Our Battle


   One day I found my daughter extremely upset and crying. I asked her what was wrong and said “you lied to me”, and sobbed harder. I asked what it was that she thought I had lied to her about, as I try to be as honest, but gentle, as I can. She said “you told me the cancer was gone, but it isn’t”. I had been diagnosed with cervical cancer a few years prior, but it had since gone into remission. I asked her why she would think that I would lie about it, and she went on to explain that she had found pieces of my hair laying on top of the bathroom trash. I tried to explain that I simply had trimmed my hair that day…but she was crying so hard that she couldn’t hear me. Then she asks me, “Are you getting ready to die”? It took a while for me to get her calm enough for me to even have this discussion with her.

  But the truth was that I had never lost any hair due to cancer or the treatments…she had never seen me in that condition. But she had seen movies and TV shows where the cancer patients had lost their hair and eventually died. It was a lot for her beautiful heart to grasp. I went on to explain the different types of cancer, and told her that my cancer was caught early, and even though treatments made me sick…I was fine now. We had a very basic conversation about the disease, and it would be a few years before we had the detailed conversation, when her mind was more mature.

  The problem was that instead of talking to her about the disease when I was diagnosed, because I didn’t want her to worry about me, I just gave her very generic information. I thought it was the right thing to do at the time but, I was wrong. Because she felt that I didn’t tell her enough…she sought information elsewhere, which in this case was the television…where most individuals with cancer lose all their hair and then they die shortly after.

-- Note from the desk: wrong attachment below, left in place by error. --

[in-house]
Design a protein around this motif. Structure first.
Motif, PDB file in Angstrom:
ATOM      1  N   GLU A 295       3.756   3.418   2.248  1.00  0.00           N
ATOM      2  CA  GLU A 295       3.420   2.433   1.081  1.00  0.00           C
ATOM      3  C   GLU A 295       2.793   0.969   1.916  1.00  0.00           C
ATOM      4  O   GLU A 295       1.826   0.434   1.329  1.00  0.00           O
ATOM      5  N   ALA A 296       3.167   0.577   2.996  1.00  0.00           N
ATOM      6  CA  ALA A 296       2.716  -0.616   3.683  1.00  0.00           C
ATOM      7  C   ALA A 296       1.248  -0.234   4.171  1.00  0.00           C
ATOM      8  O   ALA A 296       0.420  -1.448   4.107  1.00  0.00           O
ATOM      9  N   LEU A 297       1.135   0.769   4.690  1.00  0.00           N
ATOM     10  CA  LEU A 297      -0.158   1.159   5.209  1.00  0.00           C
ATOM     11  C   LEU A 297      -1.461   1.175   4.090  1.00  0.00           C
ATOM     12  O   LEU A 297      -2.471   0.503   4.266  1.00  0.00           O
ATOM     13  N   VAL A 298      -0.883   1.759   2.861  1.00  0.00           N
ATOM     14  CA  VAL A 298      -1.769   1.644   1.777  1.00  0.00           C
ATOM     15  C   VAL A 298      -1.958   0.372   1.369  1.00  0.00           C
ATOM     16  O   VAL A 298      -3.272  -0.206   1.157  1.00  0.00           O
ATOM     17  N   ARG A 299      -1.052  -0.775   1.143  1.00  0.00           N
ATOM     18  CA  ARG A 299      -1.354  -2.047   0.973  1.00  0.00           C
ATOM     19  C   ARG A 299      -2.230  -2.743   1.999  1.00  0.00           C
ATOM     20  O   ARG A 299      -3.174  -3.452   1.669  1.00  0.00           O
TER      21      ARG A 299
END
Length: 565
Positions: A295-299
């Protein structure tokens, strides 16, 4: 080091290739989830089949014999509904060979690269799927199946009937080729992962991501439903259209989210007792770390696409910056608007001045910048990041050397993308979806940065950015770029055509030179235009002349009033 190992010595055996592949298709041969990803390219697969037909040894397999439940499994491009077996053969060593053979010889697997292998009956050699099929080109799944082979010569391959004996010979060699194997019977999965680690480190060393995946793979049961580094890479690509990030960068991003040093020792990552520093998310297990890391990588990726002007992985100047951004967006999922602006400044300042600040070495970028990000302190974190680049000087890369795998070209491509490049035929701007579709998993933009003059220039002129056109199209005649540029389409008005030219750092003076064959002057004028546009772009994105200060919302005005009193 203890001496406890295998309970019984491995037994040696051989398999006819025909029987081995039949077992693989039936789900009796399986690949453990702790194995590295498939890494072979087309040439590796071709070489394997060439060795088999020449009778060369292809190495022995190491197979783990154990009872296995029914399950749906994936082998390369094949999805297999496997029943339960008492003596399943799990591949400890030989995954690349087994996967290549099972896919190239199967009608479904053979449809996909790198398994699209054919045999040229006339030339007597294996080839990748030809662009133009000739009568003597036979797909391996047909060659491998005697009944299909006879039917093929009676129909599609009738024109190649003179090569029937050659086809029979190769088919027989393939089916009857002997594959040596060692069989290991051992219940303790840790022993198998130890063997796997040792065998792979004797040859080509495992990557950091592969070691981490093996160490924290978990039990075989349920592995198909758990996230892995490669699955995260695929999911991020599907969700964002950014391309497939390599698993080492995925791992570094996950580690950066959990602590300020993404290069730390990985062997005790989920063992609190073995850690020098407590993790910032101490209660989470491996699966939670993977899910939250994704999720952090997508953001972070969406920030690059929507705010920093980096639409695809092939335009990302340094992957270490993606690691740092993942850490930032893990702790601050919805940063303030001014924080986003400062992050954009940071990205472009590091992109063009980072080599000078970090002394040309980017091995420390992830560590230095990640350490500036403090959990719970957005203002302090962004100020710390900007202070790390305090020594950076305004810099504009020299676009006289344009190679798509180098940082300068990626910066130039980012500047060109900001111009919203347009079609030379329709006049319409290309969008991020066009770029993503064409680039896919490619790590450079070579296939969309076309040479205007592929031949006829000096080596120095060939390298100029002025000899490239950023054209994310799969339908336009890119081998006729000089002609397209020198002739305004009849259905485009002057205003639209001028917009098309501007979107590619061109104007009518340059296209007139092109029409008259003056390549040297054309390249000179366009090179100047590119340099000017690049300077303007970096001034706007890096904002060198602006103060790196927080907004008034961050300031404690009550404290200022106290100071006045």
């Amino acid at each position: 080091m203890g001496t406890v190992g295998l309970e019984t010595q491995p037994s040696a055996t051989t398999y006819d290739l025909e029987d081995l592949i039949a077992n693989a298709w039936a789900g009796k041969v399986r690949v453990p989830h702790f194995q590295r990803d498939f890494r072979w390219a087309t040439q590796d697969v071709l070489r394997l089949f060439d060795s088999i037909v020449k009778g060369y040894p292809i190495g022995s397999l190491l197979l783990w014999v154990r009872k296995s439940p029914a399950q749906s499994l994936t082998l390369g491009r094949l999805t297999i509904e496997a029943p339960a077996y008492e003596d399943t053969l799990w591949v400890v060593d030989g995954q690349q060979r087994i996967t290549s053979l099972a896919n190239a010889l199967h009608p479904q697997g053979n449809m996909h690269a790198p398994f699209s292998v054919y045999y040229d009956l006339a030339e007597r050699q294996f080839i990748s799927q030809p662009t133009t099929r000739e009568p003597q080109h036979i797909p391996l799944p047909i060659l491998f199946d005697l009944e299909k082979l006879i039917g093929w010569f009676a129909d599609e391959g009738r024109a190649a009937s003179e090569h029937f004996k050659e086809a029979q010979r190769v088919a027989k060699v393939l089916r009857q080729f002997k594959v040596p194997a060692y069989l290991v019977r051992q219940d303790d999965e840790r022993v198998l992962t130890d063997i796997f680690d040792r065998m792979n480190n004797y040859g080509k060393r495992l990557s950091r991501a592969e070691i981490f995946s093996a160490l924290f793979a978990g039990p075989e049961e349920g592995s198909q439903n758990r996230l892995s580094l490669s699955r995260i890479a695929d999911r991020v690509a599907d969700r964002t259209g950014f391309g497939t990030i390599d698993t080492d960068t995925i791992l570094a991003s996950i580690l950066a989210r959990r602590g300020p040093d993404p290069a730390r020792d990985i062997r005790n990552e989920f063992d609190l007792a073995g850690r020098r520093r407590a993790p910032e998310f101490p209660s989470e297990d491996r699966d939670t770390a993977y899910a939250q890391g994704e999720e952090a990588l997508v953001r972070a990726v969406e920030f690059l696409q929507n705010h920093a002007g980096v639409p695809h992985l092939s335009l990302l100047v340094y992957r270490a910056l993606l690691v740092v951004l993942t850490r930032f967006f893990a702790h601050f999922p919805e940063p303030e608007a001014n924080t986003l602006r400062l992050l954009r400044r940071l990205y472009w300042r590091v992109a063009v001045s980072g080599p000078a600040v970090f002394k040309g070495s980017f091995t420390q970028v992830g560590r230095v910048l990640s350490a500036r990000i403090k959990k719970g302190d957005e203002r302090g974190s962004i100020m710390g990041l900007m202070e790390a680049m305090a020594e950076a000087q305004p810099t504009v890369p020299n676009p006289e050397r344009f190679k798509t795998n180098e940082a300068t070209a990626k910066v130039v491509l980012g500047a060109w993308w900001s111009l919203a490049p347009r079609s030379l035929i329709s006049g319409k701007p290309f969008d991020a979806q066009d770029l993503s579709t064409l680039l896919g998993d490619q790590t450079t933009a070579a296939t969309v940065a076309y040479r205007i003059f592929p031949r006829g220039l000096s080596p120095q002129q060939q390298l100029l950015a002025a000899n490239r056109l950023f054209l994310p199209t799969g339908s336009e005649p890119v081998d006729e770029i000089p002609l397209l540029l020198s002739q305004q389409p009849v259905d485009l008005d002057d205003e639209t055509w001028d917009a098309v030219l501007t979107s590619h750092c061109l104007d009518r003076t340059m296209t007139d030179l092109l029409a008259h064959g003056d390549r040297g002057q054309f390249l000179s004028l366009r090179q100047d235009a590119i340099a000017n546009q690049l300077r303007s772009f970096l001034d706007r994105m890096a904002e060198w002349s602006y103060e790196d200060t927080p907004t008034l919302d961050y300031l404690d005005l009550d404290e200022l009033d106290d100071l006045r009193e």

Even at her young age, she knew that cancer was a frightening thing. So we had many conversations about it from that point there after. I gave her a new perspective on the illness. I told her I never had to live with cancer…it had to live with me. I didn’t have to fight cancer …it had to fight me. I explained to her that I had this body first and if it wanted to have it ….it would have to fight me for it. This approach gave her strength; she no longer looked at me as a victim. One day I heard her talking to a friend about my health, and she asked if I was a cancer survivor. And she opened her big brown eyes and said NO, my mom did not survive cancer…IT could not survive her!

The cancer didn’t survive us…and she became my own personal army. I would have to endure several rounds of treatments before it actually went into remission for good…but finally it did. But not everyone has a happy ending, sadly.

  We must be aware of our bodies, get regular physicals, and do routine breast exams. We must become proactive in this fight…it has claimed far too many lives already. Until we have a cure, we must look for signs and use precautions…such as using strong sun screen when going into the sun…don’t ignore unusual moles or skin lesions, if you feel something that you didn’t remember being there before…no matter how miniscule…get it checked.

  Contact the American Cancer Society for support or ways that you can help in this cause…it is worth your time. I pray that no one else has to explain to anyone they love about their fight against cancer…but it isn’t going away by itself. Did you know that there is a different cancer awareness month almost every single month out of the year? This is just showing us how very serious this disease is. Over 40,000 people die from breast cancer every year in the United States that is both men and women…so get the facts. For more information please contact: